HTS Moderator , Reviewer
Title: La La Land
HTS Overall Score:89
By now if you’ve seen ANYTHING about the academy awards you have seen the controversy and drama over “La La Land” and it’s win/no win status for best pictures. Accidentally being in the spotlight for about 30 seconds as Warren Beatty is handed the wrong card for best picture winner making the entire cast light up like the fourth of July, only to have the rug pulled out from under them when it’s realized that “Moonlight” actually won. As much as I was sad for the “La La Land” cast for having their hopes dashed ON STAGE (that’s always embarrassing), I was a bit disappointed for “Moonlight” to have won too as “Hacksaw Ridge” was by FAR the superior flick to either. “La La Land” was the shoe in for Oscar territory being that it was tailor made for the win. It was a MUSICAL in a generation where musicals have pretty much fallen to the wayside, bringing back that overwhelming sense of nostalgia and cinematic history that dominated the screen for decades. Kind of like how “The Artist” got so much critical acclaim by being a black and white silent film (although it WAS a legitimately good movie as well). “La La Land” follows in that vein by using imitation as the highest form of flattery, but ending with a controversial ending that will polarize the viewers without question.
The story revolves around two L.A. hopefuls. One is Mia (Emma Stone), a second-generation actor who is struggling and trying to get that perfect audition to land a role, while working across from the Warner film lot as a barista. She’s ever hopeful, but ever disappointed as the hard life of a struggling actor is made apparent to her over the course of six years. The other is Sebastian (Ryan Gosling), a Jazz pianist who is trying to make ends meet by being an ACTUAL improvisational jazz musician in a world that seems to care less and less about traditional Jazz every year. The two happen to brush shoulders when Sebastian plays some of his music (and ends up getting fired by J.K. Simmons as his boss) at a local restaurant. Soon the two “failures” start to cross paths more and more and before long fire and ice find some common ground and a romance is sparked.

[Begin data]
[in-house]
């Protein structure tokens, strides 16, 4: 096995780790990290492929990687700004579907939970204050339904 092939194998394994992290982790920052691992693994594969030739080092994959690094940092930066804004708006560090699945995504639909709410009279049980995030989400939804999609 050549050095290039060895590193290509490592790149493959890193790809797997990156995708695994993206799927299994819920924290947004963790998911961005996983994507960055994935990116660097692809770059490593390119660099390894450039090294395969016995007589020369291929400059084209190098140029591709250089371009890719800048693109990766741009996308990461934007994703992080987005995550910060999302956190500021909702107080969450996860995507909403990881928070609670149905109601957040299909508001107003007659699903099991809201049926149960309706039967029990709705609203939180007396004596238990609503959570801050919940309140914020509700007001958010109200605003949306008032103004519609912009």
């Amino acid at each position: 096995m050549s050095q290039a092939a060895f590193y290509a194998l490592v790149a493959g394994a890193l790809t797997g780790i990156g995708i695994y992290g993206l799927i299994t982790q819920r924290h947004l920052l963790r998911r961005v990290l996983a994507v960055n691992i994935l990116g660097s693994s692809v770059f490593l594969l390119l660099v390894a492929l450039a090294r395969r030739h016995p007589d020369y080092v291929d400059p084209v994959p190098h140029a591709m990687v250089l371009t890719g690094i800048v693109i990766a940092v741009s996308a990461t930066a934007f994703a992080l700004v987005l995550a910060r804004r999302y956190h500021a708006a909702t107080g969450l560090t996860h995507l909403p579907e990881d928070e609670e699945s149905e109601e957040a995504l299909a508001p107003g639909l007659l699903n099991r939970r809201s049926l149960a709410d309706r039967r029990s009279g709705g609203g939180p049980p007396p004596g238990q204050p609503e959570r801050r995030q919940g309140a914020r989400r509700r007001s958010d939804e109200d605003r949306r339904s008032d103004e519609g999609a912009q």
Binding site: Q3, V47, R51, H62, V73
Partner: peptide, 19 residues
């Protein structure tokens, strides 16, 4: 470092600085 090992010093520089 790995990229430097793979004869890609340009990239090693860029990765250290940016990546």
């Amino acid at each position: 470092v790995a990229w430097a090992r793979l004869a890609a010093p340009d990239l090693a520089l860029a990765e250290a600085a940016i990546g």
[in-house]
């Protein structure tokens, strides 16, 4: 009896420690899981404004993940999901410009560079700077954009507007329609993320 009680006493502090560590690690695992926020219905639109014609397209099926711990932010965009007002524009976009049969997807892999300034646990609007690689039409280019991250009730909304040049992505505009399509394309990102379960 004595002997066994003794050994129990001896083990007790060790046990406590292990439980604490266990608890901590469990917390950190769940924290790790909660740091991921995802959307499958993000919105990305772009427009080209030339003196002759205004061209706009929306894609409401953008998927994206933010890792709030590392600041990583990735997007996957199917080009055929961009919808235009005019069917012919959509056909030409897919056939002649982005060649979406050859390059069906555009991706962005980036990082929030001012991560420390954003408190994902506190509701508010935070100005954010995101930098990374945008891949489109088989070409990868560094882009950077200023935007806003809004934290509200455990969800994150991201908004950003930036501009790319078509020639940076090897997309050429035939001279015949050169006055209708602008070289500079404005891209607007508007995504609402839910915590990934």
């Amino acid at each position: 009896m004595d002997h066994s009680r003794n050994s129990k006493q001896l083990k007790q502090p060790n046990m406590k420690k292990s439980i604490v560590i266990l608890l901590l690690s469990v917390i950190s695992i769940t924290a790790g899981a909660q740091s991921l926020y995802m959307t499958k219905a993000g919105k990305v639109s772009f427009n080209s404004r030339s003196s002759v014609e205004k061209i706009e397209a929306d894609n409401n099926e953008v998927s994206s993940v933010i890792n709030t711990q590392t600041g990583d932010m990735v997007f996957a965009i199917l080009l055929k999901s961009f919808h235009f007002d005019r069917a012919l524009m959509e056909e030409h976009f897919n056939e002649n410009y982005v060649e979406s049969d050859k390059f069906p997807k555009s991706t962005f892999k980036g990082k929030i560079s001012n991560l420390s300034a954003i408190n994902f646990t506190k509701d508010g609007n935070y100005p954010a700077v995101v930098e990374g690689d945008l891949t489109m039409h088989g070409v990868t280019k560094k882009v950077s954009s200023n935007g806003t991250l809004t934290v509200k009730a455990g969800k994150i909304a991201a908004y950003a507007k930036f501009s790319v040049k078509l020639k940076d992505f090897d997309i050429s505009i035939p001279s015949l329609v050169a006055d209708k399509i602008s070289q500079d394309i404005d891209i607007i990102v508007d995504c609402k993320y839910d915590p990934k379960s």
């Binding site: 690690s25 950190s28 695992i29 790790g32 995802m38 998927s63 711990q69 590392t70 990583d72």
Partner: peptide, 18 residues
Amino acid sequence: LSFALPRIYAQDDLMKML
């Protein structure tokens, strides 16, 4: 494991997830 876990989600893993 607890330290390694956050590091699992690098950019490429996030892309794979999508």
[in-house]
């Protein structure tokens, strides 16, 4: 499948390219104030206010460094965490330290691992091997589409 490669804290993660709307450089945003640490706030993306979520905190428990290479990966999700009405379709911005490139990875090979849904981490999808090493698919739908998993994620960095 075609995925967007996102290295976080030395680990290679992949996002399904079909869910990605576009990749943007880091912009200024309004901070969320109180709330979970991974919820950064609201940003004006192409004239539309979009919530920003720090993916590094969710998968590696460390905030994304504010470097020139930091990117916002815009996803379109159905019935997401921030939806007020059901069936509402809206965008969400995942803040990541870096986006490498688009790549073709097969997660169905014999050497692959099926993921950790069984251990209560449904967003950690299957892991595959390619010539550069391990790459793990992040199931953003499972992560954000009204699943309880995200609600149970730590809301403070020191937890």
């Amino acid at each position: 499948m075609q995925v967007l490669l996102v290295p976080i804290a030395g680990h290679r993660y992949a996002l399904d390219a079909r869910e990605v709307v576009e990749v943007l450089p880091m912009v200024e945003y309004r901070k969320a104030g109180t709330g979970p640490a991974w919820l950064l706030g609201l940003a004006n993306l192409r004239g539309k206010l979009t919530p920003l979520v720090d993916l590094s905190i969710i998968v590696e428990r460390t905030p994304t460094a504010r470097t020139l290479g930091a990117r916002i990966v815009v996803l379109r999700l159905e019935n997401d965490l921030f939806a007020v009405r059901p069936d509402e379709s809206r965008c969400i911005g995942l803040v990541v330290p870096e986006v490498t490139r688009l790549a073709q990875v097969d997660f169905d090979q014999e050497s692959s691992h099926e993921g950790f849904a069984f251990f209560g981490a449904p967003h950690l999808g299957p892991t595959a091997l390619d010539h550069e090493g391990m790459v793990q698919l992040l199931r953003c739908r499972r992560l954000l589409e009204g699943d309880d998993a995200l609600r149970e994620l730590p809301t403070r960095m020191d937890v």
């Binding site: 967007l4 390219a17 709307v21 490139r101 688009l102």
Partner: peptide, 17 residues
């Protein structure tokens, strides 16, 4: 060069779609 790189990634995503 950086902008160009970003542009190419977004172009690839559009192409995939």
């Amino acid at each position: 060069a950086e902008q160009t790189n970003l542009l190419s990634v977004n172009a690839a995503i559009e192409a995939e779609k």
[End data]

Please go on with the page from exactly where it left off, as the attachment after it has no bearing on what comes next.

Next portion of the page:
However, this is not your typical romantic musical. There’s songs, there’s dancing, but there is also a lot of drama that hits you right in the gut. Mia is trying to start her one woman play and quits her barista job at the suggestion of Sebastian, while he joins a fusion Jazz band for the money. Despite the fact that he hates the over the top commercialization of his favorite genre. Soon the two start to drift apart as the eddies of life push them away from each other. Sebastian with his “success” as a musician, and Mia with her failures as an actress.
SPOILER ALERT: DO NOT READ PAST THIS UNLESS YOU HAVE WATCHED THE ENDING
Now, I mentioned above that “La La Land” sported a rather polarizing ending, and for a HUGE fan of musical films (my library is rife with them) I was a bit shocked and angered upon initially watching, and rightfully so. Those of us who know musicals know that 99.9% of them end with the two pairing off and dancing happily into the sunset. There’s a few deviations from that model, but that’s the pattern most take. The ending also takes a bit of a confusing flashback sequence that threw me for a moment, but after watching the film a couple more times I REALLY started to understand where they were going with it. Is it sad? Yes. Do I LIKE the ending? No. Do I respect the ending and understand what they were going for? Most definitely. It was spectacularly done even though it didn’t jive with my personal sensibilities.